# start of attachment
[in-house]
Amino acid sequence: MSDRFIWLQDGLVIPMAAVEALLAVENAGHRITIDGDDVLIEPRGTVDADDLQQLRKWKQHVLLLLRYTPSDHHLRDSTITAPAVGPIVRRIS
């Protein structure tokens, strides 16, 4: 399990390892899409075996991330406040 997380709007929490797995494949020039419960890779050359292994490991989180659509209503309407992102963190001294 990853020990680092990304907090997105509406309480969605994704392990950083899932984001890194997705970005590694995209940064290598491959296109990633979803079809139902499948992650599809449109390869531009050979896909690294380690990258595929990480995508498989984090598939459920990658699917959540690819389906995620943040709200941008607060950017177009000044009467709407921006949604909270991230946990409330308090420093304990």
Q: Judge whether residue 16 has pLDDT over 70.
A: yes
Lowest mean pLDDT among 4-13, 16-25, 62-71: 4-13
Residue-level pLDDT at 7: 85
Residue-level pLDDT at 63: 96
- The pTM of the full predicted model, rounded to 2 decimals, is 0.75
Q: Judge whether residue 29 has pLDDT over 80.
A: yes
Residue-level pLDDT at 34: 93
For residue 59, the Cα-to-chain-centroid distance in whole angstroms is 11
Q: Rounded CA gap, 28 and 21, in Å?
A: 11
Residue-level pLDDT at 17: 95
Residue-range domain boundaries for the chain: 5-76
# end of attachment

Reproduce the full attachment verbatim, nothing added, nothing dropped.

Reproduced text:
[in-house]
Amino acid sequence: MSDRFIWLQDGLVIPMAAVEALLAVENAGHRITIDGDDVLIEPRGTVDADDLQQLRKWKQHVLLLLRYTPSDHHLRDSTITAPAVGPIVRRIS
């Protein structure tokens, strides 16, 4: 399990390892899409075996991330406040 997380709007929490797995494949020039419960890779050359292994490991989180659509209503309407992102963190001294 990853020990680092990304907090997105509406309480969605994704392990950083899932984001890194997705970005590694995209940064290598491959296109990633979803079809139902499948992650599809449109390869531009050979896909690294380690990258595929990480995508498989984090598939459920990658699917959540690819389906995620943040709200941008607060950017177009000044009467709407921006949604909270991230946990409330308090420093304990």
Q: Judge whether residue 16 has pLDDT over 70.
A: yes
Lowest mean pLDDT among 4-13, 16-25, 62-71: 4-13
Residue-level pLDDT at 7: 85
Residue-level pLDDT at 63: 96
- The pTM of the full predicted model, rounded to 2 decimals, is 0.75
Q: Judge whether residue 29 has pLDDT over 80.
A: yes
Residue-level pLDDT at 34: 93
For residue 59, the Cα-to-chain-centroid distance in whole angstroms is 11
Q: Rounded CA gap, 28 and 21, in Å?
A: 11
Residue-level pLDDT at 17: 95
Residue-range domain boundaries for the chain: 5-76